After more than a decade of savage pricing pressures that devastated margins and profitability at suppliers combined with wild demand-supply swings, the semiconductor DRAM market appears to be finally settling into a more “normal” trading pattern, according to an executive at Micron Technology Inc.
The chip vendor, one of about three top suppliers that led and survived the DRAM market’s latest round of supplier consolidation and tight demand-supply management, believes the fundamentals of the memory segment have changed so dramatically in the last several years after the exit of many vendors that its future performance would be not only better but also more predictable.
Recent research reports indicate the company could be right. Micron’s ranking in the global semiconductor market is forecast to improve sharply this year with sales rocketing higher on acquisitions and then stabilize in coming years. Research firm IHS Inc. projects Micron will this year become the No. 4 global chip maker by revenue, leapfrogging from No. 10 in 2012. Demand for memory products, including DRAM and NAND flash, is surging at a double-digit clip and the entire sector will help improve sales in the entire semiconductor market in 2013, according to Dale Ford,” head of electronics and semiconductor research at IHS.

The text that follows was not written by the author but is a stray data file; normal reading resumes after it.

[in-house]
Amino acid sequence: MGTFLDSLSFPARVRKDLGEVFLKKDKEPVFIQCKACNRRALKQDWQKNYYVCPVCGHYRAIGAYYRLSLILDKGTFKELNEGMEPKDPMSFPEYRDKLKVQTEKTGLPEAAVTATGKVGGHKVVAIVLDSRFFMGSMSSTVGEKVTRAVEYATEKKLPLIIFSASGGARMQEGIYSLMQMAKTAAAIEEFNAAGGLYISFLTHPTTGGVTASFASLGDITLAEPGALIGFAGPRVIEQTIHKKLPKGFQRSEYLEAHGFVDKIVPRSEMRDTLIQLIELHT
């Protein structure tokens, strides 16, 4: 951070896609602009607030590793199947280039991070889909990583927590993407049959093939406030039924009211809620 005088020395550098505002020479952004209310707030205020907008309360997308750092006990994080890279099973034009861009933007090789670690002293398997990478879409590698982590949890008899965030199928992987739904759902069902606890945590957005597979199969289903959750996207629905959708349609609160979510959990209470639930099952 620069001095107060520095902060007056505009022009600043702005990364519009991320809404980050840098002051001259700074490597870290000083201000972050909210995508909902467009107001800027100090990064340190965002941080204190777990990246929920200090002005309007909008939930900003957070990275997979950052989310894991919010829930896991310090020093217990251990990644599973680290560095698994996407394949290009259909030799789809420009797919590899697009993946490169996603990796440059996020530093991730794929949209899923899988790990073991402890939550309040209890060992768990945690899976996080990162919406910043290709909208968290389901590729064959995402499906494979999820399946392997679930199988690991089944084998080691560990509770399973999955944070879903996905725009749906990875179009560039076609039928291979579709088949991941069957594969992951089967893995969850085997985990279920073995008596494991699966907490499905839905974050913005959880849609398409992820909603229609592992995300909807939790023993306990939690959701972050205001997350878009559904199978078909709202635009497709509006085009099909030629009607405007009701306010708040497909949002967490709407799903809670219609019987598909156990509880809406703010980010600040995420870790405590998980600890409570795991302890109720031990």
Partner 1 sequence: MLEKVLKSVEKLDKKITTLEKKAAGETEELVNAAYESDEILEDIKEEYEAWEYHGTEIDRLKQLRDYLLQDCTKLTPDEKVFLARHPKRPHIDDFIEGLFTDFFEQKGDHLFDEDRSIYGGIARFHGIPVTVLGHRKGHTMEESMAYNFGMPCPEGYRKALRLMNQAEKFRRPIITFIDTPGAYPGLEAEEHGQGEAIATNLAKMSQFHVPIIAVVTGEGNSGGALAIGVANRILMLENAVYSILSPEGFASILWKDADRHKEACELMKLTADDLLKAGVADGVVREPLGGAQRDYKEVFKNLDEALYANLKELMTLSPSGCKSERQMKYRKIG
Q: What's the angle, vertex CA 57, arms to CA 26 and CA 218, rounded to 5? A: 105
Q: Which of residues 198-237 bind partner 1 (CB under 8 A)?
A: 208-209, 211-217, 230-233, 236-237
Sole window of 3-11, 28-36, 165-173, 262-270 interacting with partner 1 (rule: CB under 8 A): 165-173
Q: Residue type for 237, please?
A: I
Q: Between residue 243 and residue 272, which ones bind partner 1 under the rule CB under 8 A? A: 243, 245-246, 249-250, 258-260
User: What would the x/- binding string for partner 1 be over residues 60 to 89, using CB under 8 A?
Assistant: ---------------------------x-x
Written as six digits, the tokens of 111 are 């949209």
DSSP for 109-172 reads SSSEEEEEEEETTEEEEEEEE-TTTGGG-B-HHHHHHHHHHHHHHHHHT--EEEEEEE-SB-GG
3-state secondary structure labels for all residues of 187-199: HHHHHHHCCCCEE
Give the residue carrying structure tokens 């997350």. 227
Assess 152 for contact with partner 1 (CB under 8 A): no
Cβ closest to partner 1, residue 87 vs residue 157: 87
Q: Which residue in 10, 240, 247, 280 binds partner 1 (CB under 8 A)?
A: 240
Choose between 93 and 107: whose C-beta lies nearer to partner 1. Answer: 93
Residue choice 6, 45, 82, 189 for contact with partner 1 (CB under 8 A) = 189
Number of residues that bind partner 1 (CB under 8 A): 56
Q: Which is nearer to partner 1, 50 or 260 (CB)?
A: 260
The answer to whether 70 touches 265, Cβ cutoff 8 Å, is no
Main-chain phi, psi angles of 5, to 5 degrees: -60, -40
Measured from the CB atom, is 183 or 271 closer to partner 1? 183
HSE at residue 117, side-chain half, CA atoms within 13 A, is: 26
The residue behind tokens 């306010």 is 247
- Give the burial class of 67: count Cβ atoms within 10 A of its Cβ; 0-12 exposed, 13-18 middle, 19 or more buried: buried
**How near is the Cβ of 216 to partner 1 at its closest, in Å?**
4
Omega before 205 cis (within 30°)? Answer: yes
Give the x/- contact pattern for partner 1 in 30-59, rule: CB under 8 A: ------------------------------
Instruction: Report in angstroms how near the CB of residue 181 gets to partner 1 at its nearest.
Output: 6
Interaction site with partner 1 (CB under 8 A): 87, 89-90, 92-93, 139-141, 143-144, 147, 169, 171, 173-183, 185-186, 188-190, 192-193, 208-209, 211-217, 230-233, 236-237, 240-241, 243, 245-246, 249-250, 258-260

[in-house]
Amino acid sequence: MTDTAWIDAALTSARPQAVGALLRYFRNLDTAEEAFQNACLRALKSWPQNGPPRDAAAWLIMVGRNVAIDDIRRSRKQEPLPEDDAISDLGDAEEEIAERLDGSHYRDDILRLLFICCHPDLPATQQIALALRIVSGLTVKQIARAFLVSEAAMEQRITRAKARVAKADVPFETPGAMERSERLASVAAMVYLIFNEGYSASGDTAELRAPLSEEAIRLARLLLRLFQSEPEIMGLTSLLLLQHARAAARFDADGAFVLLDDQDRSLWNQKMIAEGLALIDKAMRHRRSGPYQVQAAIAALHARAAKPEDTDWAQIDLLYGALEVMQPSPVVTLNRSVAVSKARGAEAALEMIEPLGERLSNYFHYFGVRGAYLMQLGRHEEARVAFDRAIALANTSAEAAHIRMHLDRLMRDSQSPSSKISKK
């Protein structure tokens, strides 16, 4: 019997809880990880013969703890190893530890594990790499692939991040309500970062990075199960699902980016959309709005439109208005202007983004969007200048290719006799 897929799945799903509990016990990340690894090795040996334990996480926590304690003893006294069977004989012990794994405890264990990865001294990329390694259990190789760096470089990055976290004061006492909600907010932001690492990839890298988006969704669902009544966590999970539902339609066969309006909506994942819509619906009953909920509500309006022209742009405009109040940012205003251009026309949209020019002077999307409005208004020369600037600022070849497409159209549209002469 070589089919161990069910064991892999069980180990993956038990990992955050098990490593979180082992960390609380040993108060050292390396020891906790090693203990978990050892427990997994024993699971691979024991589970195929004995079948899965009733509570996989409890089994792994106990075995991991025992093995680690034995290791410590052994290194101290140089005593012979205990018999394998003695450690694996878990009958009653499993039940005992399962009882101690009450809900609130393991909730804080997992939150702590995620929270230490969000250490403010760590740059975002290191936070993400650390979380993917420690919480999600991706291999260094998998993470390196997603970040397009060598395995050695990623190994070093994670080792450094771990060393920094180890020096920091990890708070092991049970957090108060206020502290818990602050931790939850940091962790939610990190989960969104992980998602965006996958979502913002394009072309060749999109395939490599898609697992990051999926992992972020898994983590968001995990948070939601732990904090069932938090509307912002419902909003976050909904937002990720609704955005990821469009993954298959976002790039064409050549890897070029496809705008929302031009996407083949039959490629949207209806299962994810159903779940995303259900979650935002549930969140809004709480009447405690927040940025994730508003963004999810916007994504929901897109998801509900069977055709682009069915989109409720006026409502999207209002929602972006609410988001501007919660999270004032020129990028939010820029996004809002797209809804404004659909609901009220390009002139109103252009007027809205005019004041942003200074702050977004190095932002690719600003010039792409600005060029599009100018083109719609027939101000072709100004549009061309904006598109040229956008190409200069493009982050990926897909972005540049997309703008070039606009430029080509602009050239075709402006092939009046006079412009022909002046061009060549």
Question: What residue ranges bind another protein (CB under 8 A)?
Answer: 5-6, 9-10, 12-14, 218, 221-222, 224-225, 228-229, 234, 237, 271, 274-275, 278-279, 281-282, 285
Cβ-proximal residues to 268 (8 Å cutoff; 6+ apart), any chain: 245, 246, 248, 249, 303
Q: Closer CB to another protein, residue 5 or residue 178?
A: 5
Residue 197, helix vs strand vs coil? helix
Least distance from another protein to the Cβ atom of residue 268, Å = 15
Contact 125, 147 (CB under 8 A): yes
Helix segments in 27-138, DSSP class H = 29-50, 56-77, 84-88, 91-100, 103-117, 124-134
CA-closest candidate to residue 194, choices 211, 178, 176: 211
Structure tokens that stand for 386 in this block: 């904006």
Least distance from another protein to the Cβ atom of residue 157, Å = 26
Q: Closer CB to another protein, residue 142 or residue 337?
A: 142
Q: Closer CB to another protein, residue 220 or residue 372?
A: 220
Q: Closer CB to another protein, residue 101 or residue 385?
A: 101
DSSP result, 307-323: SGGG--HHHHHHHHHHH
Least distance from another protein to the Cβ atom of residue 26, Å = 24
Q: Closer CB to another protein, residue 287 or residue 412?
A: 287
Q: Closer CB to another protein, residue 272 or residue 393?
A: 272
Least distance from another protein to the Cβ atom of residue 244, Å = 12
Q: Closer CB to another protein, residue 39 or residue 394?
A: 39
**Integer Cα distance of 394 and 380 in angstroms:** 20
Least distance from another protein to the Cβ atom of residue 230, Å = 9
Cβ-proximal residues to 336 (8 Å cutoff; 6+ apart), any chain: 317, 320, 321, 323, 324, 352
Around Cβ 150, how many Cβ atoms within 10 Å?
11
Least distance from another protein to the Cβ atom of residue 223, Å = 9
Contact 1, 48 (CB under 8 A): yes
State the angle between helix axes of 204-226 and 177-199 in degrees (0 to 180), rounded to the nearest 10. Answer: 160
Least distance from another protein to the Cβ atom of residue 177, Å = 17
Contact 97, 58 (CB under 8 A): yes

“Global semiconductor sales in 2013 will amount to $317.9 billion, up 4.9 percent from $302.9 billion in 2012,” Ford said in a report issued on Tuesday. ““Memory chips are coming to the rescue of the semiconductor business in 2013. Solid pricing and expanding demand for DRAM and NAND in smartphones and tablets have caused revenue for these memory devices to surge. Without these two high-performing product segments, the semiconductor industry would attain zero growth this year.”
Micron is cashing in on the rising demand for DRAM and other memory products. It is also benefitting from recent acquisitions and improvements in pricing and demand and supply conditions. Analysts on average forecast the company will post revenue of $15.1 billion in the fiscal year ending August 29, 2014, up 66 percent, from $9.1 billion in fiscal 2013. It reported net income of $1.2 billion in the latest fiscal year compared with a net loss of $1.03 billion in fiscal 2012.
Mergers and acquisition actions coupled with production capacity reduction measures and other strategic initiatives conducted by leading DRAM vendors in the last years have helped the segment post dramatic improvements and reverse a nasty trend of worsening margins, average selling price erosions and rising losses. Micron, which many analysts five years ago thought could crumble under negative market conditions, appears to have benefitted from the rounds of market consolidation and supply reduction efforts. DRAM manufacturers are tightening supply and no new capacity is expected in the near future, according to according to Kip Bedard, vice president of investor relations at Boise, Idaho-based Micron.
“No new wafers are coming in the DRAM space,” Bedard said. “There is no idle capacity sitting anywhere and Micron itself over the next six months is going through our transition. At a fab in Singapore we’re still removing 3 percent of the wafer supply in DRAM, so it’s a very healthy supply dynamic for DRAM.”